4 NOVEMBER 1972, Page 27

Will Waspe

My general view of the artists who are exhibited at the Drian Gallery in Porchester Place is that they have more money than talent, and I had not thought that the present show of paintings by film producer Stanley Kubrick's wife, Christiane, privateviewed on Tuesday, was likely to prove an exception to this cynical rule. Now I'm not sure. I wouldn't be confident that Mrs Kubrick's works really merit their high price-tags, but they would certainly not be out of place in one of the Cork Street art emporia, any of which might have envied the Drian that rush of buyers from among the Kubricks' well-wishing, wellheeled circle of showbiz friends.

The admirer

Readers of the Observer were doubtless taken aback on Sunday to find Tony Palmer's 'Pop' column devoted wholly to a tribute to Liberace on which no breath of irony impinged. Palmer's friends would not be surprised. The usually iconoclastic Tony's extravagant enchantment with the veteran piano-playing sentimentalist has been a matter of solicitous concern — not to say ribaldry — among them for some weeks. He even threw an intimate little dinner party for his hero (here for the Royal Variety), but I am inclined to think he will get over the infatuation as soon as the TV film he has made about Liberace has been booked and transmitted on British screens.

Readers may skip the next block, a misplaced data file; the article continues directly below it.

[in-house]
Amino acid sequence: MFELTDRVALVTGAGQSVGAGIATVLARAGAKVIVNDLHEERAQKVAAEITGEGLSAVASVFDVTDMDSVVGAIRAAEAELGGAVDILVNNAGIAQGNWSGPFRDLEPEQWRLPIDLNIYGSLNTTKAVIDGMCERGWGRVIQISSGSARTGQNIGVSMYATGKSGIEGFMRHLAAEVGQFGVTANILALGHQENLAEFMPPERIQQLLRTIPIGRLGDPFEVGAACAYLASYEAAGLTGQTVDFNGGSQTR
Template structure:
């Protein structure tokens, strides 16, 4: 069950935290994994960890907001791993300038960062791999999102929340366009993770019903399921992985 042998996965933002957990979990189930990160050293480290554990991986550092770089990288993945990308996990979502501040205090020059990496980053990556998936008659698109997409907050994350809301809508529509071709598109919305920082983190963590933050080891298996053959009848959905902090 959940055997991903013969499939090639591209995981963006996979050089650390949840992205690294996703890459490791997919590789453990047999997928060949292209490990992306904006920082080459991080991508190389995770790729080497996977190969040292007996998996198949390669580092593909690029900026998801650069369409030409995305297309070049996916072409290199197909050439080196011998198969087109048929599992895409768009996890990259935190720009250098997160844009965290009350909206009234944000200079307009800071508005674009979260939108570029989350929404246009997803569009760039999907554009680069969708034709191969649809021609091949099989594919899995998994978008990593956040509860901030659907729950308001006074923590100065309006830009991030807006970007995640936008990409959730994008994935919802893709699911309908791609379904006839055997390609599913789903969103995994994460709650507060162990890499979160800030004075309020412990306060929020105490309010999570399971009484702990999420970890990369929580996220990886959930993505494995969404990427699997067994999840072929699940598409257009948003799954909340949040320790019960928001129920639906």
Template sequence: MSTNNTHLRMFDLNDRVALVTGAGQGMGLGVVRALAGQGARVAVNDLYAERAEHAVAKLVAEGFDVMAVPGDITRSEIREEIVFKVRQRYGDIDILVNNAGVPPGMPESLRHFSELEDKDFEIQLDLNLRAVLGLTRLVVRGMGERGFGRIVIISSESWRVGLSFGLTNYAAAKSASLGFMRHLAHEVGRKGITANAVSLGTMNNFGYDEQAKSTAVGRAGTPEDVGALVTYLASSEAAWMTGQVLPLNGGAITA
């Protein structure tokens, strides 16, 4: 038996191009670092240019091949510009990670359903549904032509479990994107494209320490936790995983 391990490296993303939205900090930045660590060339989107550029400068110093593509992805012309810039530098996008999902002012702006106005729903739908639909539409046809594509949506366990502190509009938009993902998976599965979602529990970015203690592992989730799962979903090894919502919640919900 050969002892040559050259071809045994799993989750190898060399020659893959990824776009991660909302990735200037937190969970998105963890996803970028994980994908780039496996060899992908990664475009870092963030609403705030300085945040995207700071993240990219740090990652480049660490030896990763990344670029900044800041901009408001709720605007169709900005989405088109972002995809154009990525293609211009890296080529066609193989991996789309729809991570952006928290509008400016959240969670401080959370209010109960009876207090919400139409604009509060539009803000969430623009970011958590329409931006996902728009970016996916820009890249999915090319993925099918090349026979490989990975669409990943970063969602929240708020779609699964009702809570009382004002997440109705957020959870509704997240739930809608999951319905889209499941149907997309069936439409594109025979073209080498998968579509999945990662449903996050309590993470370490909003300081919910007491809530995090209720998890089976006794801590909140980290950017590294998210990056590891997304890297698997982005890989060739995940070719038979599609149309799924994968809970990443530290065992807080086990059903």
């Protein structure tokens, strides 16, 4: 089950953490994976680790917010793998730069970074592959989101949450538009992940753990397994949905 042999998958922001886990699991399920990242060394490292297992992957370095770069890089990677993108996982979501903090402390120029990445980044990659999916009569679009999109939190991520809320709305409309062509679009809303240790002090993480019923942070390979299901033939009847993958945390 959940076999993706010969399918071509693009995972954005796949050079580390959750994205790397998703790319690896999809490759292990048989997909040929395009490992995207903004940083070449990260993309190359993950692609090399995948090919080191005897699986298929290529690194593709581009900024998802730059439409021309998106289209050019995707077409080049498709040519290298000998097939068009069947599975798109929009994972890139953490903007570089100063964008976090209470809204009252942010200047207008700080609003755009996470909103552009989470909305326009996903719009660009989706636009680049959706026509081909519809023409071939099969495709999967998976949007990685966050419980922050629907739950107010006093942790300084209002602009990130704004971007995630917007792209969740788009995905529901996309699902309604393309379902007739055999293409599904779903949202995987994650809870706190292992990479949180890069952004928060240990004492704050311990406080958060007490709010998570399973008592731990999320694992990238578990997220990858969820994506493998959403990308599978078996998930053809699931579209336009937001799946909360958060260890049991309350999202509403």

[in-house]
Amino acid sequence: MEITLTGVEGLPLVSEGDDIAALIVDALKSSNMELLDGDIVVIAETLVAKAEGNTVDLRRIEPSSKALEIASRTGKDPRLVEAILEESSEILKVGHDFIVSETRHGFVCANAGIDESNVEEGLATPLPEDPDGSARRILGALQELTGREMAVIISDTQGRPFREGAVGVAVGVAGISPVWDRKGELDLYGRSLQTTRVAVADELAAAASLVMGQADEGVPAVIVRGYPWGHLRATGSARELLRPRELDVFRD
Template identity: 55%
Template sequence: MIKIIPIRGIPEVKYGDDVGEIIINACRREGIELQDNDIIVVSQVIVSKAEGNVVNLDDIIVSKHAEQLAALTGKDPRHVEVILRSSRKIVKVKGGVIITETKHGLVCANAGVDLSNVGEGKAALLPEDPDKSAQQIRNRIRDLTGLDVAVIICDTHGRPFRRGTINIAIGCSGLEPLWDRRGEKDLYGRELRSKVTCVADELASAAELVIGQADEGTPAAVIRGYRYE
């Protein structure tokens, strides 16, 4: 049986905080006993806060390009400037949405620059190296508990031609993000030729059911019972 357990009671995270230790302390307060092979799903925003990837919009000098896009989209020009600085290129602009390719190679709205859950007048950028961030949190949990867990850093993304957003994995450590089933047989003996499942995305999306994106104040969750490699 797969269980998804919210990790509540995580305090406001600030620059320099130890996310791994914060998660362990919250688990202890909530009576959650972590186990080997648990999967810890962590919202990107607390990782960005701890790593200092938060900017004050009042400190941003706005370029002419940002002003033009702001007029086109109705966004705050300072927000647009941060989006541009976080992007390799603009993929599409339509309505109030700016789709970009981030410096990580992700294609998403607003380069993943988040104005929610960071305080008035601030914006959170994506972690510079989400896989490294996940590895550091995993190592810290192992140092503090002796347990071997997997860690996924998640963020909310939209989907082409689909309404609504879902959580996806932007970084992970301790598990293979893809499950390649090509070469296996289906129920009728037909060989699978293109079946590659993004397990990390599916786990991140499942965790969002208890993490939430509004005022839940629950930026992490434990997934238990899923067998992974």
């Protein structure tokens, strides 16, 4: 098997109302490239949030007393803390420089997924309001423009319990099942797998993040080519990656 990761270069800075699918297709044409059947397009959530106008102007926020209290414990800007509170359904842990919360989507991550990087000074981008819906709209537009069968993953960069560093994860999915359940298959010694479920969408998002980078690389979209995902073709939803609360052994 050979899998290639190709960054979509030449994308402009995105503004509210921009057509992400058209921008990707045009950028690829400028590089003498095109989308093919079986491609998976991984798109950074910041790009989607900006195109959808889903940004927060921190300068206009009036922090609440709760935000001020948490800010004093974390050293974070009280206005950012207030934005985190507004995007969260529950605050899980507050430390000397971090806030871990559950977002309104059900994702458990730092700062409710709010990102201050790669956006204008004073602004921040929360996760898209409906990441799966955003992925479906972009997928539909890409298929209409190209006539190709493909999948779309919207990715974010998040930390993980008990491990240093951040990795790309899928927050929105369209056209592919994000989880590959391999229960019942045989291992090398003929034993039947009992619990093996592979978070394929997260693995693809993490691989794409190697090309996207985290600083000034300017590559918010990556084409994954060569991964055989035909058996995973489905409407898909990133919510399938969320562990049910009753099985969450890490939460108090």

All's affair

The Guardian's view of the world affects even the paper's typesetters. For several days up to the time of writing, the play at the Lyric, The Day After the Fair, has been listed in their Entertainments Guide' advertisements as The Day After the Affair. This doesn't seem to have bothered the play's promoters to the extent of asking to have it corrected. Perhaps they're thinking of going along with the Guardian and changing the title.

Same again

That Paul Zindel play, The Effect of Gamma Rays on Man-in-the-Moon Marigolds, which has been off-again-onagain for years as far as its West End premiere is concerned, seems to be embarking on a similarly vicissitudinous career as a film. It was supposed to be making its appearance here in this month's London Film Festival, and as late as last Sunday the Observer spoke of it as one of the festival's principal attractions — not knowing, apparently, that the producers (it was made by Paul Newman and John Foreman for Twentieth Century-Fox) had withdrawn it. The festival organisers, the British Film Institute, much put out by this cavalier attitude to their arrangements, are still awaiting an explanation suitable for public consumption.